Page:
More than once at this year's 19th Annual New York Cabaret Convention, Donald Smith announced that over nearly two decades of his presenting the Mabel Mercer Foundation event, approximately 1,000 performers have appeared, first on the Town Hall stage and in recent years on the Frederick P. Rose Hall stage.
That's an impressive figure that must be documented somewhere, although a reviewer in attendance most of those years may be forgiven for wondering how the number was calculated. Many singers and musicians on one of the 19 (usually 12-16 participants) rosters have been on the other 19 rosters, so much so that — but for perhaps a dozen new additions — the 19th annual affair couldn't have looked appreciably different from the ninth. (Or, for that matter, the first.) Even if Julie Wilson and others equally anointed are counted anew every year, even if — as Smith recalls — the first years featured as many as 27 acts, that still doesn't seem to tally anywhere near 1,000.
This would all be moot — and questioning it a curmudgeonly observer's quirk — were it not also the case that by now the formula impresario Smith uses to put together the four nights (it used to be seven) is showing signs of ossification. Moreover, with a $100 top ticket price, a motivating rationale — putting a cabaret evening within the budgetary range of fans who don't have the expensive-boite wherewithal — no longer exists. There are $25 seats (in the boxes at the back of the stage), but they don't sell in great numbers, nor does marketing seem to exist to lure younger audiences who might jump at the bargain-basement price.
Yes, there were highlights. Christine Ebersole sang with a beautiful straightforwardness many note-declaimers couldn't find in themselves; Marilyn Maye conquered; Nancy Anderson, not overexposed in this environment, was sassy and serious on the 1920s and '30s material she favors; Steven Lutvak proved with his self-penned numbers that there are still chapters being added to the Great American Songbook; Tony DeSare demonstrated why he's the deserving winner of the Dick Gallagher Award; Barbara Carroll, who remains the classiest woman in cabaret, performed at her high level.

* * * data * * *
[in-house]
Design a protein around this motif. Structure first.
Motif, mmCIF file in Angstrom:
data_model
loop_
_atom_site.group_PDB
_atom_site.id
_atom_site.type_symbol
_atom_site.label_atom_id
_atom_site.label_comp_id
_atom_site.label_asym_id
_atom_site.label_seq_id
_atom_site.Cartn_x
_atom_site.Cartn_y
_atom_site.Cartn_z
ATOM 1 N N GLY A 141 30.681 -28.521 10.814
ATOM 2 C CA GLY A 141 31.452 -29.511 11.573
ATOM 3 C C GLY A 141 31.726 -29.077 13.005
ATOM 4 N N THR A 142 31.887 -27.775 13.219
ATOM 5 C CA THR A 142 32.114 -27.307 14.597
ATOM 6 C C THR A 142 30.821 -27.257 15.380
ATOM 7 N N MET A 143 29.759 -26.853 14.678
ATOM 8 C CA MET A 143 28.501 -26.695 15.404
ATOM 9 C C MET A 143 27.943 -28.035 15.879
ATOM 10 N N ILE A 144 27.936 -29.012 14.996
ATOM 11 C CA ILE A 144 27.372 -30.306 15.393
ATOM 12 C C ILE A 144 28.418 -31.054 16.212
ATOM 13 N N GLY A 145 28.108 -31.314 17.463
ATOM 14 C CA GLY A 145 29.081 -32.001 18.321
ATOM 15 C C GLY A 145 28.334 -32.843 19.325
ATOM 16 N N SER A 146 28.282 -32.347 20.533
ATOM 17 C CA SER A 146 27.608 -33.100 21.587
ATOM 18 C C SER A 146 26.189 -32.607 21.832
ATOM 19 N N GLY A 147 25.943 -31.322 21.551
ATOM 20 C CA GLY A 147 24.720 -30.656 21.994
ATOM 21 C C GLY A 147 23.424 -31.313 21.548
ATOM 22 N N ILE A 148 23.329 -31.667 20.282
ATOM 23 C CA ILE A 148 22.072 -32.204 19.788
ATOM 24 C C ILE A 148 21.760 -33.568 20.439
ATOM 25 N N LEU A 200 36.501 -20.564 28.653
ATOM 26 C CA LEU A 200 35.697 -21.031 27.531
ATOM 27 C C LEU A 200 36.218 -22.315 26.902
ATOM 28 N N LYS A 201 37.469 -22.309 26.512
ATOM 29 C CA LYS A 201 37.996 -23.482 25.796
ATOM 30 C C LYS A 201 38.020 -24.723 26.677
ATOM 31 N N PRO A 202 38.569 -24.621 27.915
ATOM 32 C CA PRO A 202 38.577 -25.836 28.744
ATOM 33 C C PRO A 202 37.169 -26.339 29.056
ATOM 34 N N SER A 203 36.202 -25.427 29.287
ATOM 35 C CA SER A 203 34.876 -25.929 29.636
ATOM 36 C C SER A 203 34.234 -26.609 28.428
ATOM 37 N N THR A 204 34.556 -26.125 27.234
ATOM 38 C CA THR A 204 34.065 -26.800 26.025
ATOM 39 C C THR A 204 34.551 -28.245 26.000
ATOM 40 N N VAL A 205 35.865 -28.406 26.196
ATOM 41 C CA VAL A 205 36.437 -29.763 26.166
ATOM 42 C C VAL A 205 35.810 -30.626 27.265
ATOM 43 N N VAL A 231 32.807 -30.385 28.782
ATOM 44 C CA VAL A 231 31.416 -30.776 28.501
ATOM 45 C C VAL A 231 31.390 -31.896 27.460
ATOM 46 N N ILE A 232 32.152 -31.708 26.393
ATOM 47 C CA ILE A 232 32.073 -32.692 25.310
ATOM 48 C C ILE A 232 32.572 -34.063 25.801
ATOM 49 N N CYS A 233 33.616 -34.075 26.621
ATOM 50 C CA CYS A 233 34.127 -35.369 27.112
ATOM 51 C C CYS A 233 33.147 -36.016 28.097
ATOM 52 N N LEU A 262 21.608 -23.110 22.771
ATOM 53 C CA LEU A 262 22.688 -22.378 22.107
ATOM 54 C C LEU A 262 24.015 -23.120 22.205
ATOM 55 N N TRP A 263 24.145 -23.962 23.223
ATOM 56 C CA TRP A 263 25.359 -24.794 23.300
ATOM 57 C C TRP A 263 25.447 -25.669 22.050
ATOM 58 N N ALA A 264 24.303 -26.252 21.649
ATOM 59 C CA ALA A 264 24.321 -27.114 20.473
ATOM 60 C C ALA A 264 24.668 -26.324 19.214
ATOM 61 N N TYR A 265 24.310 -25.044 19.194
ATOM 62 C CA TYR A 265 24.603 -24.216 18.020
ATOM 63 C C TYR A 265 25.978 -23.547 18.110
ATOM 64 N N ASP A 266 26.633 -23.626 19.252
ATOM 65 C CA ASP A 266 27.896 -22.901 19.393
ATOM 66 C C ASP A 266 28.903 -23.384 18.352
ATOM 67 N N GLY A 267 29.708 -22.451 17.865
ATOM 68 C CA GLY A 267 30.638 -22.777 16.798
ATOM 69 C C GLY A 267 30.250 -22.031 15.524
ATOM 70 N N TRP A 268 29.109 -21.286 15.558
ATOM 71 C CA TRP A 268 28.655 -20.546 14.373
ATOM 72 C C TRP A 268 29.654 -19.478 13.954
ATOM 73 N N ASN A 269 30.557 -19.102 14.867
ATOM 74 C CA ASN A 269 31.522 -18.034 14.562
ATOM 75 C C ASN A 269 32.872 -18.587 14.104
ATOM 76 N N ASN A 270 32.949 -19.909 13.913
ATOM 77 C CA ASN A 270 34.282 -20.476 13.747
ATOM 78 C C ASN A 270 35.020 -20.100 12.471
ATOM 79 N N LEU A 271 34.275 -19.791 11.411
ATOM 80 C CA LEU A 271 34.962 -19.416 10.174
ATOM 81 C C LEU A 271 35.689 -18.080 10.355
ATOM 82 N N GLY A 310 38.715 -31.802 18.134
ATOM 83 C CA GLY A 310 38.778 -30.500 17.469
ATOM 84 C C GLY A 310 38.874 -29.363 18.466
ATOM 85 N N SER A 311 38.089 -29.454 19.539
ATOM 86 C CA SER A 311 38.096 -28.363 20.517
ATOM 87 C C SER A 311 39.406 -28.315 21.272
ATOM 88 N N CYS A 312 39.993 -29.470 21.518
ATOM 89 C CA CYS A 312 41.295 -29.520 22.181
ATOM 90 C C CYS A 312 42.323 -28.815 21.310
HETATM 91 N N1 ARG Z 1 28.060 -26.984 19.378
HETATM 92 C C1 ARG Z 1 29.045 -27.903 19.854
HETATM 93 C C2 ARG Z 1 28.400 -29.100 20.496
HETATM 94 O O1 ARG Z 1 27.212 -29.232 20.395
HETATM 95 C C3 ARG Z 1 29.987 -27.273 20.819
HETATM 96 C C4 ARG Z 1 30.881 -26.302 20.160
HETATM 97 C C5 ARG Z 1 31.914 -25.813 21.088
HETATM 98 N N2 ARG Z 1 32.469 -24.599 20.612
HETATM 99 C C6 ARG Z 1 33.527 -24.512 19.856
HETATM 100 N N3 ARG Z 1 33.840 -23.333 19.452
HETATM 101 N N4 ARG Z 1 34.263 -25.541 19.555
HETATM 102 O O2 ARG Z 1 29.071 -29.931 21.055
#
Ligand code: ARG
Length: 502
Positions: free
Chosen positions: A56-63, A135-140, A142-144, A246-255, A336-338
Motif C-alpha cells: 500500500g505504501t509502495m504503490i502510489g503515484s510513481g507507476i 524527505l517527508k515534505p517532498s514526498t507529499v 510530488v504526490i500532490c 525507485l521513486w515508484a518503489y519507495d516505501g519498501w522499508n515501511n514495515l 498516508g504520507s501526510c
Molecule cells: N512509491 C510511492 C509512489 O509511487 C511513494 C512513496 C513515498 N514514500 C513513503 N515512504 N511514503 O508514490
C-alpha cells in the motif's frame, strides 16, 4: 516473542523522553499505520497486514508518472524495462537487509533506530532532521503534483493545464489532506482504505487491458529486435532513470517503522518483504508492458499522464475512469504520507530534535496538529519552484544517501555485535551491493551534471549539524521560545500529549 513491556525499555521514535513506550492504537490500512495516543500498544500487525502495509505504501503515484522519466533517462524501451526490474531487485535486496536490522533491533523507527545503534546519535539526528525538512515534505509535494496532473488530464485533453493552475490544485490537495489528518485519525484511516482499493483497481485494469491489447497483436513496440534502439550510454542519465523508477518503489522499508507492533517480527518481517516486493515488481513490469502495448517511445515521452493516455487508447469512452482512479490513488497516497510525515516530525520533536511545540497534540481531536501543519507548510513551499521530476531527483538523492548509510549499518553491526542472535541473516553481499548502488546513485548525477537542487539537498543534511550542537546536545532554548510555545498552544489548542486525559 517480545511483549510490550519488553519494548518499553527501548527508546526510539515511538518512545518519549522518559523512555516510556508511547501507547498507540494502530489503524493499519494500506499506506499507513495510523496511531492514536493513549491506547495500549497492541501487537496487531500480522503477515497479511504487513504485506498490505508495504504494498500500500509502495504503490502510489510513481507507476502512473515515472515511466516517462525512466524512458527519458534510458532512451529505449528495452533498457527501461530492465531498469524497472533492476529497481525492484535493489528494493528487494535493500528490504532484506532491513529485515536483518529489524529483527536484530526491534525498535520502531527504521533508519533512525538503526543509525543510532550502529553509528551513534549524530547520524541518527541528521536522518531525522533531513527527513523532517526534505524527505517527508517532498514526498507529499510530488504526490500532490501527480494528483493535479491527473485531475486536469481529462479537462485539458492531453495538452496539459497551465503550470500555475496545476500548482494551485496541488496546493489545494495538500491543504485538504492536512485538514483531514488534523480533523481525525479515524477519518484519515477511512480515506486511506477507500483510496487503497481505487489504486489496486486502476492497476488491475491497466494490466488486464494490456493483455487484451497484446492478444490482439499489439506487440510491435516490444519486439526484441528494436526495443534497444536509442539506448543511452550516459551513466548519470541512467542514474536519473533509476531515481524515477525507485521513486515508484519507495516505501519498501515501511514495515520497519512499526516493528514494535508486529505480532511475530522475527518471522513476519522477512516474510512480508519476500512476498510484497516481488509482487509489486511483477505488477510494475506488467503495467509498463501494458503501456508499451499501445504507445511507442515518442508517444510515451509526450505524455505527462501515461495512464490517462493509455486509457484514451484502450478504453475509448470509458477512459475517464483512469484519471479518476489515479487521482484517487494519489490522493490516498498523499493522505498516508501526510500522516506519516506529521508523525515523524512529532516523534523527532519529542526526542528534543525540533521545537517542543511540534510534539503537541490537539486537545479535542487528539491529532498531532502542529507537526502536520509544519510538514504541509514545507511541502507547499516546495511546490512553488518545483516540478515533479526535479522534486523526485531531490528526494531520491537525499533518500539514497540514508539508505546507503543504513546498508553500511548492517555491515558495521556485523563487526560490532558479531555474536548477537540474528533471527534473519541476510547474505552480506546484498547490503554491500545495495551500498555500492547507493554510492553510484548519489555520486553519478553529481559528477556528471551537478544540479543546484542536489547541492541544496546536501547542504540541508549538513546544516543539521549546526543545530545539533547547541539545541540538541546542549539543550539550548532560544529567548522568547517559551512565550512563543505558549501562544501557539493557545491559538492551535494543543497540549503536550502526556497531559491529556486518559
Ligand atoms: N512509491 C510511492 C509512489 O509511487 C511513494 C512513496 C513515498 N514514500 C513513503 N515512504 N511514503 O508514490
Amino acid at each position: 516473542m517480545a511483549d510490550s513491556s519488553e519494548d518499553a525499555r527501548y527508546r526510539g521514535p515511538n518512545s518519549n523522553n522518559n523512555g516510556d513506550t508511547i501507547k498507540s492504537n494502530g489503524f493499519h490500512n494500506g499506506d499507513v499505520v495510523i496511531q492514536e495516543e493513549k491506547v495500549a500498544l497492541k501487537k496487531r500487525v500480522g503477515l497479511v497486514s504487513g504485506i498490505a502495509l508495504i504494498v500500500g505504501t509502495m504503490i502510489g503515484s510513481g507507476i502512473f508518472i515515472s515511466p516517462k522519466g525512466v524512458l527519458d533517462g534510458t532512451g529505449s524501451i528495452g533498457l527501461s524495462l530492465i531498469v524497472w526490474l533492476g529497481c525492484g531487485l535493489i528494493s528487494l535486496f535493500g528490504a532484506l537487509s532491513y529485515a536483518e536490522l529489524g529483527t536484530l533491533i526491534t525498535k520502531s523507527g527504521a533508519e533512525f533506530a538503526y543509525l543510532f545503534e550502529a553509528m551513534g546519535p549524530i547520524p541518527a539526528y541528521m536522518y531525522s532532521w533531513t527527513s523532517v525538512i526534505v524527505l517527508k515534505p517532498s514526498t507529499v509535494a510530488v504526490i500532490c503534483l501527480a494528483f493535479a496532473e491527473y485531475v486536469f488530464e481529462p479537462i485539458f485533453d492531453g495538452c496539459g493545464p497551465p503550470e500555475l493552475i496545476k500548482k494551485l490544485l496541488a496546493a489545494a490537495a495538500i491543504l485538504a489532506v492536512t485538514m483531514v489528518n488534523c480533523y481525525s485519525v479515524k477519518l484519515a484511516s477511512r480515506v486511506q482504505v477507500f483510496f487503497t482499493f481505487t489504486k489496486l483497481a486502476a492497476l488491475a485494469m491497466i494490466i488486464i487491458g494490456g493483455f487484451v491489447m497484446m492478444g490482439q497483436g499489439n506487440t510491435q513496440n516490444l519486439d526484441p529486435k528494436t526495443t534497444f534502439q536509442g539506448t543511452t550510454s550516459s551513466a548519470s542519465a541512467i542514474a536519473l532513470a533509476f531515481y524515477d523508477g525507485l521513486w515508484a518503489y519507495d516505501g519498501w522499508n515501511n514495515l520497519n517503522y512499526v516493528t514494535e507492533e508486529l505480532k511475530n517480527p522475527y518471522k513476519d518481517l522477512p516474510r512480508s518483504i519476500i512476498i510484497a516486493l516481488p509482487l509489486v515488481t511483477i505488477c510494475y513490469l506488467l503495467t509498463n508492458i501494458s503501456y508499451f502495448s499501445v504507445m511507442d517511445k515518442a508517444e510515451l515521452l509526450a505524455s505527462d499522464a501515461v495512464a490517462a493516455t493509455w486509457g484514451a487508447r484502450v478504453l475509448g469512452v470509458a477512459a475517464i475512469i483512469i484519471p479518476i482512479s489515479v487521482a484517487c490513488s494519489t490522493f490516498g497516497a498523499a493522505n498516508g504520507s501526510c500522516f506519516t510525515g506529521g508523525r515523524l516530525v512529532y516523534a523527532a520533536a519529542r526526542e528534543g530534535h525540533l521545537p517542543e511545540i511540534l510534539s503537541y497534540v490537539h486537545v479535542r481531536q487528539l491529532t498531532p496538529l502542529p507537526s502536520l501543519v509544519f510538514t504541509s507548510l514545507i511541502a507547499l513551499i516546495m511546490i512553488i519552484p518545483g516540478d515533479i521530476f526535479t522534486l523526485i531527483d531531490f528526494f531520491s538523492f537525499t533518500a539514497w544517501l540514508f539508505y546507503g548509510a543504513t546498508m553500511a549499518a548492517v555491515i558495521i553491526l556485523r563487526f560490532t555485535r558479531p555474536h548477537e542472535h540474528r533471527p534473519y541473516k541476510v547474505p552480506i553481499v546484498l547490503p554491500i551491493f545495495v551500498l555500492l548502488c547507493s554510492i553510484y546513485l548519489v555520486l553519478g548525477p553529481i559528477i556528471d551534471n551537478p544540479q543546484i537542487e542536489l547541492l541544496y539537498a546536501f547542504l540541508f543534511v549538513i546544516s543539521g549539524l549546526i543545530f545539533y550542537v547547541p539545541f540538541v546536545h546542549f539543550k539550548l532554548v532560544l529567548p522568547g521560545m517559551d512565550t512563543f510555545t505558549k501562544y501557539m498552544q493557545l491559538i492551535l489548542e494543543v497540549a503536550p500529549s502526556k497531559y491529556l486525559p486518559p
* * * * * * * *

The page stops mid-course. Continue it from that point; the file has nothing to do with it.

Wowing much of the audience as if she were visiting royalty, London-based first-timer Barb Jungr sang for her second song "I Got Life" (James Rado-Jerome Ragni-Galt MacDermot). Not only did she have life, but her selection called attention to what the rest of the convention lacked: much life at all. A been-there-done-that patina covered the proceedings.
I won't go into the off-pitch singing or the unattractive bellowing that dogged the Wednesday-to-Saturday enterprise. Nor will I name the not-ready-for-prime time intimate-room newcomers featured and even given unearned awards at a time when so many truly worthy younger singers are out there panting to be noticed. Oh well, the convention is no more or less than a gauge of Smith's preferences. In no way is it a complete picture of cabaret today.
This year the convention received unusual pre-opening publicity by way of a New York Times arts-and-leisure piece written by loyal advocate Stephen Holden. Looked at from one perspective, the two-page item was a terrific boost. Viewed another way, it was detrimental, because it positioned cabaret strictly as a repository of the past. Nowhere was cabaret plugged as a look into the future of up-close-and-personal entertainment, which ironically was the impression further perpetuated by Smith's once-vital, now-obsolescing project.
Presented by the Mabel Mercer Foundation
at Frederick P. Rose Hall, 33 W. 60th St., 12th floor, NYC.
Oct. 29-Nov. 1.